Do you not know? Have you not heard? The LORD is the everlasting God, the Creator of the ends of the earth (Isa. 40:28).
Jesus was clear:
See my article: Objection to the Doctrine of the Trinity, wherein JWs desperately try to refute the doctrine. However as you will see along with Oneness Pentecostals, the JWs use the worst possible method of interpretation whereby torturing the text, coupled with philosophical assertions and logical fallacies. And like most all anti-Trinitarians they misrepresent and flat-out misquote church Fathers and Christian theologians.
Loving Fellowship between the Persons of the Trinity
“If I alone testify about Myself, My testimony is not true. There is another [allos] who testifies of Me, and I know that the testimony which He gives about Me is true” (John 5:31-32; cf. 3:35; 10:17; 14:31).
1, Frequently, the objection that is most
forwarded, mainly from those who reject the Trinity, is pertaining to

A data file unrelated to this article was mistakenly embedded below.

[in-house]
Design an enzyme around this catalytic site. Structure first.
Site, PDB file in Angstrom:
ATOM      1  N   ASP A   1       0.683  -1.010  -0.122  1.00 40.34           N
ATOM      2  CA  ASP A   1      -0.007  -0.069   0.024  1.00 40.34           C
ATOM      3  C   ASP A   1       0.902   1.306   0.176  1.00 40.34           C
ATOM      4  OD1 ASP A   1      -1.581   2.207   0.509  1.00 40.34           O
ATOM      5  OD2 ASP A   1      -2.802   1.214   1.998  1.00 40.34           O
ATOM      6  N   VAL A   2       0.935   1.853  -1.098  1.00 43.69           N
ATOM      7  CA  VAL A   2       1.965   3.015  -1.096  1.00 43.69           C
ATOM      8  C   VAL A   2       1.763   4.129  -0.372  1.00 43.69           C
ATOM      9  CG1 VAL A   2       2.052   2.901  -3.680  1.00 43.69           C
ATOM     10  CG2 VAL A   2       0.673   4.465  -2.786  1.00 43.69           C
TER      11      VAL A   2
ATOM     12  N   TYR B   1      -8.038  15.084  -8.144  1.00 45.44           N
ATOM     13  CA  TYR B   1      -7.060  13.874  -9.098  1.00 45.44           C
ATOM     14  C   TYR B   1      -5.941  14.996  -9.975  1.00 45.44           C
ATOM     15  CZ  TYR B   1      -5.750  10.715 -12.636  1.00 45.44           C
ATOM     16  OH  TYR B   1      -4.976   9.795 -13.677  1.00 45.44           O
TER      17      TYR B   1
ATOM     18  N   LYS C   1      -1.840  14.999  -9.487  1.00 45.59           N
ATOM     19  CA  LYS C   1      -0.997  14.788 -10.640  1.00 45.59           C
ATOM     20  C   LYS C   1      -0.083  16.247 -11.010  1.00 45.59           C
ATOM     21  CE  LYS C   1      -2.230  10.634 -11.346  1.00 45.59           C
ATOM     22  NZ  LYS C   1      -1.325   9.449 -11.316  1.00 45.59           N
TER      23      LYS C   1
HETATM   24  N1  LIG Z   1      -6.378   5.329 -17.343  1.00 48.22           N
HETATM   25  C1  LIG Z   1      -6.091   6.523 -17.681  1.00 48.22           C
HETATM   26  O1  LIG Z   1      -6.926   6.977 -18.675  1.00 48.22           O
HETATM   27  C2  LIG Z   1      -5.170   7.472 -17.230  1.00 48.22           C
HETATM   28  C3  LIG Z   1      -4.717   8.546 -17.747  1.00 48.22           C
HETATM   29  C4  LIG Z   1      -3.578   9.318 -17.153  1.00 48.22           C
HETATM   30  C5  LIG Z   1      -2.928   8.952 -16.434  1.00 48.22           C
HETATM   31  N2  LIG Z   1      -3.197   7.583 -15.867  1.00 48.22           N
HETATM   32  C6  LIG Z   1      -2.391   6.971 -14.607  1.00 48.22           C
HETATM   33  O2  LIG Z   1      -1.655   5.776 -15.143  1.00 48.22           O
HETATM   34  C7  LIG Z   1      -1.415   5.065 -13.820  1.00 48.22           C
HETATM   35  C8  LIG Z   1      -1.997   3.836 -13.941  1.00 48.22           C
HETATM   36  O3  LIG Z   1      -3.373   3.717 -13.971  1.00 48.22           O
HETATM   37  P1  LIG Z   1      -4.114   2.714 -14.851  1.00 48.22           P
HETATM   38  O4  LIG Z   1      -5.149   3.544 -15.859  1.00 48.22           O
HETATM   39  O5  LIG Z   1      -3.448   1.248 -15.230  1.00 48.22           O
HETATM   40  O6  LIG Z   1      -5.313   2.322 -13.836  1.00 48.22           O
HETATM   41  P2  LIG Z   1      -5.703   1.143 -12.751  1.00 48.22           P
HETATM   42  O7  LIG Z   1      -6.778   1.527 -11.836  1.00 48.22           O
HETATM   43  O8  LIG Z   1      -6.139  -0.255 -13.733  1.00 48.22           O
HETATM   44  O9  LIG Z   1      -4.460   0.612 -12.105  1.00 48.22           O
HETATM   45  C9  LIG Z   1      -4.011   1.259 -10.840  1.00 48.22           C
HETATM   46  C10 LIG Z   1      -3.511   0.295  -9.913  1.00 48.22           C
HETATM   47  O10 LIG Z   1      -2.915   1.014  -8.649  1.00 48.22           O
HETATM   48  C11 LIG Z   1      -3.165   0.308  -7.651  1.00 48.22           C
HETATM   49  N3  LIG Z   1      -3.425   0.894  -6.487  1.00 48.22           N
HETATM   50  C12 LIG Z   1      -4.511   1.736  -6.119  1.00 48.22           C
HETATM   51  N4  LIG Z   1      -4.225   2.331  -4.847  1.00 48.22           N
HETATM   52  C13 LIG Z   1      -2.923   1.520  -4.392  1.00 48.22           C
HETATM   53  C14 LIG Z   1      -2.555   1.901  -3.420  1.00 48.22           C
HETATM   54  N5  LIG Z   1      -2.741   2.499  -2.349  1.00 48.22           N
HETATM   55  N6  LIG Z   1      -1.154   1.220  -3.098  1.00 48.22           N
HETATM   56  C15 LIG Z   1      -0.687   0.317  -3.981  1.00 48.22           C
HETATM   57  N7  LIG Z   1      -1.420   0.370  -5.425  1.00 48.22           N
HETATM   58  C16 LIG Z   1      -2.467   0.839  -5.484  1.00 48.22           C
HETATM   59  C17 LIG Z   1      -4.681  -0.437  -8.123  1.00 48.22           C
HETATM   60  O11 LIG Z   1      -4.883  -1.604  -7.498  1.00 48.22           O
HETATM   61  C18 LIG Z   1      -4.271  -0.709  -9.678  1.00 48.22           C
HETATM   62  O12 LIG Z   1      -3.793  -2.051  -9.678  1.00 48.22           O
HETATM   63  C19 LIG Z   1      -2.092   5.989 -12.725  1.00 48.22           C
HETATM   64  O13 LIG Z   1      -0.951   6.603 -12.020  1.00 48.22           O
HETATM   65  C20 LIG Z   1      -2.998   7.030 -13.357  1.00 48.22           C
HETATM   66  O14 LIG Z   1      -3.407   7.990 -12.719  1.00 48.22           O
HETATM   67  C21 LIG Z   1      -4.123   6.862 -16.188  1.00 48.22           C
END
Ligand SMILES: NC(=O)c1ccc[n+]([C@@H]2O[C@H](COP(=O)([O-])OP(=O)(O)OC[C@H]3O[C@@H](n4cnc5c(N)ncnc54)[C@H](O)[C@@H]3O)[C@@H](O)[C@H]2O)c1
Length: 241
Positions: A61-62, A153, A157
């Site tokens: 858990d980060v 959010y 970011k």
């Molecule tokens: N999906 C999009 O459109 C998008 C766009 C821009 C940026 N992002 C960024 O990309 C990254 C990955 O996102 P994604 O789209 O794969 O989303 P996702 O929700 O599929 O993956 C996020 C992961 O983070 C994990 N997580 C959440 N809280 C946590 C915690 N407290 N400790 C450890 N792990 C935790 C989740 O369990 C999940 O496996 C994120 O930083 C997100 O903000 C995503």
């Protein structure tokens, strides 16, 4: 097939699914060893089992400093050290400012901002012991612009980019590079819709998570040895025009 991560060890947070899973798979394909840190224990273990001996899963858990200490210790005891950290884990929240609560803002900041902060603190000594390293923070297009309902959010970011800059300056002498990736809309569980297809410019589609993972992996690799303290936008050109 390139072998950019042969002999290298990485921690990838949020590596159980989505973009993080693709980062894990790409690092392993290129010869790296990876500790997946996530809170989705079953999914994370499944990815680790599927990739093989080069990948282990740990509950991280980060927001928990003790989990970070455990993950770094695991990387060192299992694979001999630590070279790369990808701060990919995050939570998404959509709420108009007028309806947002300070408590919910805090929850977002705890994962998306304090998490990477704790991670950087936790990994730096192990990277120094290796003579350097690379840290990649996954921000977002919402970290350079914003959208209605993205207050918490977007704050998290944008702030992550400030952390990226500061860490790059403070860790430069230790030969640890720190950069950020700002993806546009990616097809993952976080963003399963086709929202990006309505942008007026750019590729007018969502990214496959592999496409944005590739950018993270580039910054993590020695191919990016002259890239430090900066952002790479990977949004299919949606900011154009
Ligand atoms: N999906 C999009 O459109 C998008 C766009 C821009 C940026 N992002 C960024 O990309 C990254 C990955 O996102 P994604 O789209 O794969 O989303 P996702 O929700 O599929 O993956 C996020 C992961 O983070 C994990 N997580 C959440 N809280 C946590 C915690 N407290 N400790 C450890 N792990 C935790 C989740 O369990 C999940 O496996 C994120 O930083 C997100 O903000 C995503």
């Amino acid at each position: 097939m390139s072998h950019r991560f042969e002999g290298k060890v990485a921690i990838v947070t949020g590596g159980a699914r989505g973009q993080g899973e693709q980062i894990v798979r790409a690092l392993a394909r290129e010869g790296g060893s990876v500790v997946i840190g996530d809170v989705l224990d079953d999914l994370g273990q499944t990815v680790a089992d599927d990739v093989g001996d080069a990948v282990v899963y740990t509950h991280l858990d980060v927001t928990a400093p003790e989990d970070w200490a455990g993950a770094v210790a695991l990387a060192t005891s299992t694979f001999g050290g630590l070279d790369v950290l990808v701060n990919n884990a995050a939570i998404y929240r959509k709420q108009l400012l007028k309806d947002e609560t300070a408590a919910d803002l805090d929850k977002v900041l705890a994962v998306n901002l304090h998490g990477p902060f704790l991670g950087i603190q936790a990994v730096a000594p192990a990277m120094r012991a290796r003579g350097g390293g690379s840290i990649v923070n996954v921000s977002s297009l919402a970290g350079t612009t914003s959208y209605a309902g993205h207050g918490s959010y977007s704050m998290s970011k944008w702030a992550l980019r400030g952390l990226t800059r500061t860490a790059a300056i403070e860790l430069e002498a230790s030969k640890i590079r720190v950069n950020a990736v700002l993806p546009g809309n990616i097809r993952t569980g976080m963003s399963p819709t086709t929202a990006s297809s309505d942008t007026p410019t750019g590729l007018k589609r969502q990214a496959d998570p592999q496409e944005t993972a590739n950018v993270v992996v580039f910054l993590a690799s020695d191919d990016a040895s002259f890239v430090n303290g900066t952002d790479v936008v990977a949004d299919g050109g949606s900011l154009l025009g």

the word "Person." In defining the Trinity, the church Fathers would use
"Persons" (not "people") in a less individualistic way, as we would use
the term today. The churches in the West utilized persona (Latin)
and the churches in the East- hupostasis (Greek). Reformation
leader John Calvin put it this way: "By Person then, I mean a
subsistence in the Divine essence...."
2, Scripture is clear: there is only ONE TRUE GOD thus all other things called "God" are false Gods or by nature are not God (Gal. 4:8) as with angels (cf. Ps. 8:5 with Heb. 2:7). Jesus is called "a god" (in the NWT, John 1:1) and He is called "the God" in John 20:28; Titus 2:13; 2 Peter 1:1 (see the Watchtowers own Greek text: KIT). In light of this fact, the question to ask the JWs is: "Is Jesus a true God or a false God?" Either answer will be disastrous to their teachings.
3, A point that is often missed by the JWs is that Thomas addressed Jesus as, "the God" ( ho theos). Most JWs misguidedly say that only Jehovah is called "the God." But as seen above, along with John 20:28, "ho theos" is also applied to Jesus at Titus 2:13; 2 Peter 1:1; 2 Thess. 1:12 and Heb. 1:8 see the JWs own Greek text: Kingdom Interlinear Translation where they correctly translated these passages.
4, In Philippians 2:6 (NASB) the word translated "existed" (huparchōn) is a present tense participle that carries the meaning of continued existence. Jesus was always existing in the "form" (morphē) of God or as the NIV translates: "Who, being in very nature God." Jesus Christ is said to be the CREATOR of ALL THINGS and not just a part of creation as the JWs confidently assert (cf. John 1:3; Col. 1:15-17; Heb. 1:2, 10).